A comfort book is just as the name suggests: a personally significant piece of literature, typically fiction, that brings a person solace and allows for an escape from reality.
Even so, I was disappointed to find that Mismatched had taken a narrative by an Indian-American author about Indian-American characters, with a unique premise about growing up American yet being submersed in Indian culture, and had set it entirely in India.
Mike Flanagan’s The Haunting of Bly Manor, the anthology series follow-up to the popular The Haunting of Hill House, may have all the makings for a classic ghost story, but don’t be mistaken—it’s actually a love story.
I saw myself and my sister in Merricat and Constance - two sisters from a deeply troubled family, survivors of traumatic experiences who rely on each other to make it through the day.
Crisp, icy air fills our lungs, whispering, pulling us inward into the fauna-choked landscape of Forks, Washington. Residing inside this quaint town, someone of equal brilliance: perfectly tousled hair, cold skin, brooding saunter, piercing eyes, and a slightly outdated fashion sense. Sound familiar? We’ve stepped into the glorious world of Twilight filled with fantastical vampires, bloody violence, and of course, romance.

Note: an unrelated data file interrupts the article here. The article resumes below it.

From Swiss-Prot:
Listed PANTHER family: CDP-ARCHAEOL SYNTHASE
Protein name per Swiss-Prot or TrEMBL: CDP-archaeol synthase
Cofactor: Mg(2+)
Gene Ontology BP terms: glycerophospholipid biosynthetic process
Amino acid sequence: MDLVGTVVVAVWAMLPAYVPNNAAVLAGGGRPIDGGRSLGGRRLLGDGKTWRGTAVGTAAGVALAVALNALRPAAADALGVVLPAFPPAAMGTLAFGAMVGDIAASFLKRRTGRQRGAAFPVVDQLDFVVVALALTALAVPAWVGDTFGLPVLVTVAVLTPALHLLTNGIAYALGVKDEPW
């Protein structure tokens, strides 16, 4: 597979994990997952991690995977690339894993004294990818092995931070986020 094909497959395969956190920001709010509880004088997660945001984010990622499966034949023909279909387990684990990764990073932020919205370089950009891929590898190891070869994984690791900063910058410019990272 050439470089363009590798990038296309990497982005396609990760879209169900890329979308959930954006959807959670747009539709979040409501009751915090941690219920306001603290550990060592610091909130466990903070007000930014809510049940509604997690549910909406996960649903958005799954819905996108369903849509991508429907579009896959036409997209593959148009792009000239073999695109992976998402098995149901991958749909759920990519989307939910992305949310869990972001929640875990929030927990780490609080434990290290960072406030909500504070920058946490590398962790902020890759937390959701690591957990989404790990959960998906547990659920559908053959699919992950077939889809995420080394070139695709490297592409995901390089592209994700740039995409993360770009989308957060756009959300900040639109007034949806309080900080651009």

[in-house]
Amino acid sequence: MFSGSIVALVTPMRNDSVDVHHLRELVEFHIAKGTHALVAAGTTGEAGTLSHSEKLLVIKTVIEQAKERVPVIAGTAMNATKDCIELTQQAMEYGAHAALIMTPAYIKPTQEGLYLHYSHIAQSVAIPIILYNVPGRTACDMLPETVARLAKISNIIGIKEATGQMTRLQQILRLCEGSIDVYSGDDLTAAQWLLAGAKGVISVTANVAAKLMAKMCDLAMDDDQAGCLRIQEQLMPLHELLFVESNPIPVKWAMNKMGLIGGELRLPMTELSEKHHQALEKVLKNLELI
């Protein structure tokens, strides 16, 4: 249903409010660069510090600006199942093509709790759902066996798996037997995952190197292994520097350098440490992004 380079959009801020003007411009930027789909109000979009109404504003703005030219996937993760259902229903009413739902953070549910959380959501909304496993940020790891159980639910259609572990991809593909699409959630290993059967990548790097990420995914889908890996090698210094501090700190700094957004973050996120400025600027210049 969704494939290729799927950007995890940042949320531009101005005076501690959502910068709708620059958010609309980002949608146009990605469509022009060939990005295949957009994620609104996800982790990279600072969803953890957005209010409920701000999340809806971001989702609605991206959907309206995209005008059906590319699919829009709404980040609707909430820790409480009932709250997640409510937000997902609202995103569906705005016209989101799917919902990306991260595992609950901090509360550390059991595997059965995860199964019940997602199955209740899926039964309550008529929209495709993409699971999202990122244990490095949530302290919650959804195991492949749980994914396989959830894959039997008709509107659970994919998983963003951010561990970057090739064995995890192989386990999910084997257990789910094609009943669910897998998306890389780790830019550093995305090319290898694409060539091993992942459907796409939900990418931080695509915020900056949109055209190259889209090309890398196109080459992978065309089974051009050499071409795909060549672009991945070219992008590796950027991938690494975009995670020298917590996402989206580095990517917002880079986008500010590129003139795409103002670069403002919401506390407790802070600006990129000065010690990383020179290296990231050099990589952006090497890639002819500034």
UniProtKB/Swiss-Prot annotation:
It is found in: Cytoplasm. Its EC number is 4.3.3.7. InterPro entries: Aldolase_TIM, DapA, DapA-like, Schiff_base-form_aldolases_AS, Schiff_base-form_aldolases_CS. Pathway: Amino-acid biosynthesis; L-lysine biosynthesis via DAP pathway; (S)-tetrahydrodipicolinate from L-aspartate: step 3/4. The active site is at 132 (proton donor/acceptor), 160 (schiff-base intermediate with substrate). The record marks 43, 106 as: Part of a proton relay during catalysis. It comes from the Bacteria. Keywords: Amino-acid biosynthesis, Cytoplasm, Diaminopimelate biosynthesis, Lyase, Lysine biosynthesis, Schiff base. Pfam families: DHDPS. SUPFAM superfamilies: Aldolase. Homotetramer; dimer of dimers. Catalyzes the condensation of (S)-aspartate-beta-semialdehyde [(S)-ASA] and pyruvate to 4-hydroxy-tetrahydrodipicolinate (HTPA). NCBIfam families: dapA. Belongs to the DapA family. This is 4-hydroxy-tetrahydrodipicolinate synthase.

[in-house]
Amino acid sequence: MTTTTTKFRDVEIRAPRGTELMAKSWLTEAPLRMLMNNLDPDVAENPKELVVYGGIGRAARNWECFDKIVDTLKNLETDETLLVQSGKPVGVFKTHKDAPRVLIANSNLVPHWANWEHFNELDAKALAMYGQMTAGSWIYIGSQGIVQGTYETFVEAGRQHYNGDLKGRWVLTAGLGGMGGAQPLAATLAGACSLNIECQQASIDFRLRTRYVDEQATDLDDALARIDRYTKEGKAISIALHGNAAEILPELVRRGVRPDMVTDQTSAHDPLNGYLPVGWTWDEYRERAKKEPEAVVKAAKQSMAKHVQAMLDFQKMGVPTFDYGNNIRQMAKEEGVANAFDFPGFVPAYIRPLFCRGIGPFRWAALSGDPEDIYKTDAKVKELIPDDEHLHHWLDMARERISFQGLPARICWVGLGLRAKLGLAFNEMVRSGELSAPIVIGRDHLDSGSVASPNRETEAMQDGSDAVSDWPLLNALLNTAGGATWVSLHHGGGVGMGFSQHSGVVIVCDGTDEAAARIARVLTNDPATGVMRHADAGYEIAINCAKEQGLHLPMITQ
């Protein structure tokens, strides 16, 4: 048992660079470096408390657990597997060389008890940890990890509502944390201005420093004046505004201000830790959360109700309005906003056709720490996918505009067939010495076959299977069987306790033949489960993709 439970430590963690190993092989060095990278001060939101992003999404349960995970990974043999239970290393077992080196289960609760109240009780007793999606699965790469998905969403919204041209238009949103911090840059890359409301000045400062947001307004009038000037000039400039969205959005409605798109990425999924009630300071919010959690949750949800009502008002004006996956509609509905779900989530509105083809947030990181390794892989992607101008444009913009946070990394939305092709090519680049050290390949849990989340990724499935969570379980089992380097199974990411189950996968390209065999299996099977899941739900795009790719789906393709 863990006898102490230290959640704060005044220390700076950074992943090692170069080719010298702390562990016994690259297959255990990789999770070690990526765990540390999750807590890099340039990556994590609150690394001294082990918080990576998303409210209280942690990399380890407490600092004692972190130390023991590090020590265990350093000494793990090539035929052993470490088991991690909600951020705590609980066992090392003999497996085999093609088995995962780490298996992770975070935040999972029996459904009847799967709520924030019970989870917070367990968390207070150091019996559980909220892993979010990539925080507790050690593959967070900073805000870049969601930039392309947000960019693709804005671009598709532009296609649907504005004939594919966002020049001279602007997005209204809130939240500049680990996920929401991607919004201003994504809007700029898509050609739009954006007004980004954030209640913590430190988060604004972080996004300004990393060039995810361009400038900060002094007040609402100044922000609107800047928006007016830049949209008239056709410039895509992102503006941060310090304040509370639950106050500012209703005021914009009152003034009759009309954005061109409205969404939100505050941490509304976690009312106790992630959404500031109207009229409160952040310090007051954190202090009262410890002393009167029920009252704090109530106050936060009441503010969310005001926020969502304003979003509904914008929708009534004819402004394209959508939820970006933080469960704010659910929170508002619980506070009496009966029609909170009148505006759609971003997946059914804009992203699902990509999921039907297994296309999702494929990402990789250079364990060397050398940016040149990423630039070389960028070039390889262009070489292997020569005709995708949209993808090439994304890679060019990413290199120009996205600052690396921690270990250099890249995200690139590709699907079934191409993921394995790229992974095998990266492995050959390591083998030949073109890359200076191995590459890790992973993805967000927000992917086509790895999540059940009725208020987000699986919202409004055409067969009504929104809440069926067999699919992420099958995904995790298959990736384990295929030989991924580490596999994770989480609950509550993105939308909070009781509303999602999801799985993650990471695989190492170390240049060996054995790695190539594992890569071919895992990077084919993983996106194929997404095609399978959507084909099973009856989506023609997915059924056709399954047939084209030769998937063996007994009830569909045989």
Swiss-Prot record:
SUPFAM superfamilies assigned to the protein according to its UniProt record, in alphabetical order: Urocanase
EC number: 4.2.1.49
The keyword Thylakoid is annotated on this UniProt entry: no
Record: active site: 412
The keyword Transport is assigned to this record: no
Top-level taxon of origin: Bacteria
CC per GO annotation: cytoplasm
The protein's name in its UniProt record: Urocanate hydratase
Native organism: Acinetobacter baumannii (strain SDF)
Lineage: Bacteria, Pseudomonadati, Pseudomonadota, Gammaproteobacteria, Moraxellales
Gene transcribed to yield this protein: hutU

My year-round default pastime of choice is reading horror fiction. Thus, you can imagine my excitement when October comes around and horror recommendations are in demand for 31 delightful days.
In the introduction to her groundbreaking sci-fi novel The Left Hand of Darkness, Ursula K. Le Guin rebukes the claim that science fiction is about the future. “Science fiction is not predictive,” she explains, “it is descriptive.”
With a long stretch of quarantine behind us and at least a few months of virtual learning still ahead, you have probably found yourself with a free hour or two in between classes where doing your homework sounds as unappealing as looking ahead through your textbook. Why not preoccupy that hour—or three—with one of these queer romances that are guaranteed to make you swoon or maybe, just maybe bring tears to your eyes?
In my story, I supplied characters that cared for my character and asked questions when she wanted to be asked. In my world, she could choose the questions she wanted to answer.
For much of my young adult life, I had a secret. A secret that carried a lot of shame and disappointment. As a person that prided myself on my writing and reading ability from a young age, the circumstances of my secret was devastating. For many years I couldn't speak of it, even if I was alone.